The Museum of the War Effort in Krakow’s Nowa Huta district houses a unique collection of objects donated by Polish World War II veterans and survivors. But the museum, like its ageing curators, may soon pass into the pages of history if new funding cannot be found.
The museum’s most famous possession is also one of the most striking landmarks in Nowa Huta – a 46-ton Soviet tank that stands in front of the building. For a while in 2007 the tank was the centre of public attention when it was taken away for renovation. At the time, the Krakow Veteran’s Organisation insisted that it should never be returned since, according to a then-recently passed bill aimed at removing Communist symbols from Poland, the tank was an illegal monument.
Support from Nowa Huta residents, who had grown used to their unusual street furniture over the course of 40 years, and other voices, ensured that the olive-green behemoth was soon back where it belonged.
Unfortunately, the same degree of support has not been shown for the museum itself. Running on a shoestring budget, it is maintained by subscriptions paid by the veterans themselves and voluntary donations from rare visitors.
The founders created the museum in 1968 to honour those who had put their lives on the line for Poland, and to make sure that future generations would remember their sacrifices.
“When the Nowa Huta district government donated the space for the museum, there was a hairdresser’s downstairs and a community centre upstairs. We were just given the building and expected to do everything for ourselves. That’s the way it still is today,” said spokesman Franciszek Baryła.
Among the most prized exhibits are two banners from pre-World War I Polish uprisings, parts of the Polish submarine Sep (Vulture) that a former crew member saved when the vessel was scrapped, and parts of Polish aircraft that saw combat during World War II.
The most poignant pieces on show are mementos from Nazi death camps. These include realistic miniature figures that show everyday life in the camps made by Zbigniew Baster and Jozef Pawlik – two artists who survived the experience.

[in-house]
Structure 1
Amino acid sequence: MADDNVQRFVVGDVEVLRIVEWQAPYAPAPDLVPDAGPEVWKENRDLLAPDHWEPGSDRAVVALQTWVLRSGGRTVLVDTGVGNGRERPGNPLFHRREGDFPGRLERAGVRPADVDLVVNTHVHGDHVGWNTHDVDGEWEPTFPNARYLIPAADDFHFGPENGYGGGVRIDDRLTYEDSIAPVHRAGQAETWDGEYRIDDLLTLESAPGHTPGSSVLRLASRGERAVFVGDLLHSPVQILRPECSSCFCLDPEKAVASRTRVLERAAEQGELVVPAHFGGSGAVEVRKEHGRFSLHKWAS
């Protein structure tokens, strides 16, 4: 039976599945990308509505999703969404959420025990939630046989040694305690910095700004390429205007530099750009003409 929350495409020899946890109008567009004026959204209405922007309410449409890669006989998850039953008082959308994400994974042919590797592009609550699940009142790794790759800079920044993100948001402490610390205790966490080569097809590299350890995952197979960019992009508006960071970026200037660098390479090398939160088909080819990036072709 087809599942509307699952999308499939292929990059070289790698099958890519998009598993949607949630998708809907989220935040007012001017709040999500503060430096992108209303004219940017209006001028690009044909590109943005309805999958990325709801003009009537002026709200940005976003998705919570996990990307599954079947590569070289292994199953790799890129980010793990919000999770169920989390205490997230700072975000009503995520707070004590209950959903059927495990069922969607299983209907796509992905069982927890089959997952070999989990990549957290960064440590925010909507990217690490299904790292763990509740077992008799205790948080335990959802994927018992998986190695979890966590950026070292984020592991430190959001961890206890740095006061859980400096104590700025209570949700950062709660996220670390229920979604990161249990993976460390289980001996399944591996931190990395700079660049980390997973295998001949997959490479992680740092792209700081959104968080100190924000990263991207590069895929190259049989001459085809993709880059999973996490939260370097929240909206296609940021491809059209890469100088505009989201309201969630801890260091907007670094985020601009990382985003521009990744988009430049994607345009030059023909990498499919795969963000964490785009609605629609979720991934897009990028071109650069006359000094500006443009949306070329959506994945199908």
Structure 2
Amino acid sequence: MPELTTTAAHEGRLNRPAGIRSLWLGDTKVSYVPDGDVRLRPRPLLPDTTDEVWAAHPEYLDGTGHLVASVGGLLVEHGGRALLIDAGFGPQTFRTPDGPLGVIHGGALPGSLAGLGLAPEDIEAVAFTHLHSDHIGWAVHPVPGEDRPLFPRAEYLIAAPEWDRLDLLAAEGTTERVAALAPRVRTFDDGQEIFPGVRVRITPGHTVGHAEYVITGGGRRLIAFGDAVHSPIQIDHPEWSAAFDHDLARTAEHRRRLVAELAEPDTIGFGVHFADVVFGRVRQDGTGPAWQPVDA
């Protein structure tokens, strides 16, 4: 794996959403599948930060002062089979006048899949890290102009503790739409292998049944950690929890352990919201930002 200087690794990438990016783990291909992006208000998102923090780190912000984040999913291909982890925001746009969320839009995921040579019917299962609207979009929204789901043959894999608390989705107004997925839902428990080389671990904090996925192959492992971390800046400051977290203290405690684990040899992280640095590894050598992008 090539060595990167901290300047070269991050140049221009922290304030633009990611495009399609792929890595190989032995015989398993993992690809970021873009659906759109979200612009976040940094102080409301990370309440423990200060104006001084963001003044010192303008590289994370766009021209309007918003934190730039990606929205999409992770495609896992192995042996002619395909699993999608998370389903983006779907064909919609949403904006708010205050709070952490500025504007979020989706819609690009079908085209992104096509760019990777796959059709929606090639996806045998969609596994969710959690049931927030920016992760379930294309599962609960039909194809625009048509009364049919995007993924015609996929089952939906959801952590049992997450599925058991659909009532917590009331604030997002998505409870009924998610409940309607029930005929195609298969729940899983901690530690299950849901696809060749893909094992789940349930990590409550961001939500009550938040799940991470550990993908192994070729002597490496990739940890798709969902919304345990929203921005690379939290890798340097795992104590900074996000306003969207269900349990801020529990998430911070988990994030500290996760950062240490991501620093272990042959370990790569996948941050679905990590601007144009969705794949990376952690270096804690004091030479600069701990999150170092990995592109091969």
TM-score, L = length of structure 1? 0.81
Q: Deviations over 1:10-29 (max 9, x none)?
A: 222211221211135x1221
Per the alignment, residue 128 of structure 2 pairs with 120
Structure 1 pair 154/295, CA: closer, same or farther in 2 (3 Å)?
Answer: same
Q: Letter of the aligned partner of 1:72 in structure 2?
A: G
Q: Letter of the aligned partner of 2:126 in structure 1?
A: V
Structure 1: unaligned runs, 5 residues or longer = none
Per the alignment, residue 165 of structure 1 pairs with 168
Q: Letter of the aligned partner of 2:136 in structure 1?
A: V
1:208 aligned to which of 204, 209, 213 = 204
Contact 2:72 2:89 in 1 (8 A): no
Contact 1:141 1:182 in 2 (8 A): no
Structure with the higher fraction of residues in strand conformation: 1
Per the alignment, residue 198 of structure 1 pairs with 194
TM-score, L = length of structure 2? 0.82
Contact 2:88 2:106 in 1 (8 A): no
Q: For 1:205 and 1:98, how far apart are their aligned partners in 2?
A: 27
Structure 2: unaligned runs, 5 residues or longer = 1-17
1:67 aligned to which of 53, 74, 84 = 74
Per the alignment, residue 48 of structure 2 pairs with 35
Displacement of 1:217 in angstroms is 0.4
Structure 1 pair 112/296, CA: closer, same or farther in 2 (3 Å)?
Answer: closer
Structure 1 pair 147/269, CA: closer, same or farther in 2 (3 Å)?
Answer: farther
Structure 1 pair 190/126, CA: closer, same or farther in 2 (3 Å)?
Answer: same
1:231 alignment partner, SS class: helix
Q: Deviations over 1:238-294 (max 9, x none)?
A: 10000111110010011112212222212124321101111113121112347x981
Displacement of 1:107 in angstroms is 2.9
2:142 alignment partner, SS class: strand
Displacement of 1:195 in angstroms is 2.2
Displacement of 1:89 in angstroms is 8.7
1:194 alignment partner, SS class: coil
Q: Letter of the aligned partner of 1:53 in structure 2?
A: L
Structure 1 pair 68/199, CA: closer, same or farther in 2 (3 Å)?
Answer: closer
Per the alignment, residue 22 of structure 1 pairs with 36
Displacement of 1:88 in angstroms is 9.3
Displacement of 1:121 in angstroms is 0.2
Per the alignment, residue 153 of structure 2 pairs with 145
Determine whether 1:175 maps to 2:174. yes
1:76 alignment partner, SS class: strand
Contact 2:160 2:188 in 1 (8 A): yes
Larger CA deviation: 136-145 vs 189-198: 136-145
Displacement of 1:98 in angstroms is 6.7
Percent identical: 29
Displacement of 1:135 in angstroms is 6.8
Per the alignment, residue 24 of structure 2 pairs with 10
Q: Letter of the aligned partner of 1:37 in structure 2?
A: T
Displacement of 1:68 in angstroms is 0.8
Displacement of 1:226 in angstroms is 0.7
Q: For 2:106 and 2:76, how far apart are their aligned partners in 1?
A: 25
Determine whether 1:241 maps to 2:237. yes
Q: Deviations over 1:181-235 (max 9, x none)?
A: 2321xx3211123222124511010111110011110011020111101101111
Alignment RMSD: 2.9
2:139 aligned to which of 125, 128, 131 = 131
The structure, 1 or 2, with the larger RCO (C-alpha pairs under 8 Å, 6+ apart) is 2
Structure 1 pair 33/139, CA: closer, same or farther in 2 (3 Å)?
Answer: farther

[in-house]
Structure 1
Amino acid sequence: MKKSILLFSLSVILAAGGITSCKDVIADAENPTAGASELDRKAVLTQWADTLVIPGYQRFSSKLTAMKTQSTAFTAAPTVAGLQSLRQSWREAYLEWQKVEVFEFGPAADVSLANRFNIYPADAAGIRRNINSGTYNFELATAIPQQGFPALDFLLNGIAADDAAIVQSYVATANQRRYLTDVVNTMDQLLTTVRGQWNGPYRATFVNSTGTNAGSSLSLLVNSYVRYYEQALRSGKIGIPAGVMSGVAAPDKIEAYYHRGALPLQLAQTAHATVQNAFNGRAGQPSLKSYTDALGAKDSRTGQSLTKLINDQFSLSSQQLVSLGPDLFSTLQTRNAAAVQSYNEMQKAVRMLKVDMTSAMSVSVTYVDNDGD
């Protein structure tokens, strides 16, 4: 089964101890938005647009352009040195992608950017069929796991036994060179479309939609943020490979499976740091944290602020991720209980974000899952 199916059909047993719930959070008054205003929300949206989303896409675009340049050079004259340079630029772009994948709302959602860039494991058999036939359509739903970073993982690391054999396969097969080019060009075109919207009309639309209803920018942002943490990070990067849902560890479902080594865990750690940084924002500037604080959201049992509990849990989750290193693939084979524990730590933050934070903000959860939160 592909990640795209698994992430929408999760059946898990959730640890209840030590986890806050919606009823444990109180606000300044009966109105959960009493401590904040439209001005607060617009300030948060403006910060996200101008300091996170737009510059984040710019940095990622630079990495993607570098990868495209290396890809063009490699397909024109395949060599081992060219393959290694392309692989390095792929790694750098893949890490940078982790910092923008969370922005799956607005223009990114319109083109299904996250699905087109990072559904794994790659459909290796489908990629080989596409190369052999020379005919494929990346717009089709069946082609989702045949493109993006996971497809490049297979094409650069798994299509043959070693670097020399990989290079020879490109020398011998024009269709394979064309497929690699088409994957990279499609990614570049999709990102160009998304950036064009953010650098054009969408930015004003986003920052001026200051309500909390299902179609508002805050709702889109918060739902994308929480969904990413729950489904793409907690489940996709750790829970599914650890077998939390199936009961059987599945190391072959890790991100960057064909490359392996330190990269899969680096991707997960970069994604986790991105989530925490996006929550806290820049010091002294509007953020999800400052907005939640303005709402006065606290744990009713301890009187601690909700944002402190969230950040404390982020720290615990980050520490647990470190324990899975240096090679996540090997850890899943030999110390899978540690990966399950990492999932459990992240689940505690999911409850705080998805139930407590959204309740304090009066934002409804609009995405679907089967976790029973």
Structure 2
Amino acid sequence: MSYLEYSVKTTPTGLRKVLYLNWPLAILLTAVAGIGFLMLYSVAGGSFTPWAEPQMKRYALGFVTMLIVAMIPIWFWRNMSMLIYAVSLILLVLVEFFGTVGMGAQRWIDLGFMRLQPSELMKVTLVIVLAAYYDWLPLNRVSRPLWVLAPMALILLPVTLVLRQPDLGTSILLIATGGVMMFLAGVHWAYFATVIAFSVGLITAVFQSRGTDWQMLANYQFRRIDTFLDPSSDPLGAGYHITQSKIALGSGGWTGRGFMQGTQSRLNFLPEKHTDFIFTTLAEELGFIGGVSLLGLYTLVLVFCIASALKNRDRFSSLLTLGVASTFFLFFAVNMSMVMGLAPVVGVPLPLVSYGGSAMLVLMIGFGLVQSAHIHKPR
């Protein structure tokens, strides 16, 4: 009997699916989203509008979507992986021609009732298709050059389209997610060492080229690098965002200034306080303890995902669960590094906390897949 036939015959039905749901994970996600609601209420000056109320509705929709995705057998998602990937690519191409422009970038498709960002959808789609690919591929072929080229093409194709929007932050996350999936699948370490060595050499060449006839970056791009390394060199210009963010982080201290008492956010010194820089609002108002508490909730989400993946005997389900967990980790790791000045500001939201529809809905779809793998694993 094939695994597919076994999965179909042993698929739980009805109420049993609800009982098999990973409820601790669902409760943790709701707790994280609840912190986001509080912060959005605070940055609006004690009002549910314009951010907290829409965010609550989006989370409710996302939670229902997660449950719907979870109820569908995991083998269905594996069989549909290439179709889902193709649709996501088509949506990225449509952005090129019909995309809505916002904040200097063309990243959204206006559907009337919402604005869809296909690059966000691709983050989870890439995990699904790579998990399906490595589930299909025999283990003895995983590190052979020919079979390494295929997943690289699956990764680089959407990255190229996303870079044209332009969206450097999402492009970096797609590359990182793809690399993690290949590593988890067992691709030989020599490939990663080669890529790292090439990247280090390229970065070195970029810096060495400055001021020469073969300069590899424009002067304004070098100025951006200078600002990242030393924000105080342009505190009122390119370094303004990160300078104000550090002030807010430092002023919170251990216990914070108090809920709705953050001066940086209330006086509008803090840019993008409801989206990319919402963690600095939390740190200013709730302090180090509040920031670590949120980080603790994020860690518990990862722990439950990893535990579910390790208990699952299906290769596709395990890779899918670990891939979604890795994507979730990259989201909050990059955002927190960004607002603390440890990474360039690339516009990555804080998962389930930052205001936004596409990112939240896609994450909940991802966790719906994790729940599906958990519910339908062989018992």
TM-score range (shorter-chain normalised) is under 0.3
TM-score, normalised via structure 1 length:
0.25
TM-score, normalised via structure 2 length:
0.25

Another emotive artefact is a Polish flag made in a death camp from scraps of red and white cloth. There are huge archives containing hundreds of wartime and post-war memories, many of them good enough for a Hollywood screenplay.
Unfortunately, no major government or museum institution is interested enough in these items to support the veterans who continue to safeguard these irreplaceable artefacts.
“Up until now the only reply we have received to our calls for support was a suggestion that we disassemble the collection and place individual items in various museums. That is the last thing we want to happen,” said Baryła.
City officials did not reply to an inquiry from the Krakow Post about possible help for the museum. Nor has there been any reply to a letter sent by the museum to mayor Jacek Majchrowski in February.
The Marshall’s Office has also shrugged off calls for support: “We already support 11 museums in the Malopolska region and cannot treat this museum as a special case,” said Piotr Odorczuk from the MO’s press office, while also pointing out that the museum is welcome to apply for MO cultural funds independently.
“Even if we knew how to deal with the paperwork needed to raise MO or EU funds, we wouldn’t be able to handle taking the necessary inventory. We have an average age of 84,” said Baryła, “We are no longer fit enough to handle everything ourselves.”
The museum has decided to apply for help with the inventory to the History Faculty of the Jagiellonian University and is still waiting for an official reply.
“If the situation does not change, within five years the museum’s collection might pass away, along with us,” concludes Baryła.
The Muzeum Czynu Zbrojnego w Krakowie can be found at os. Górali 23. Visitors are admitted by appointment only.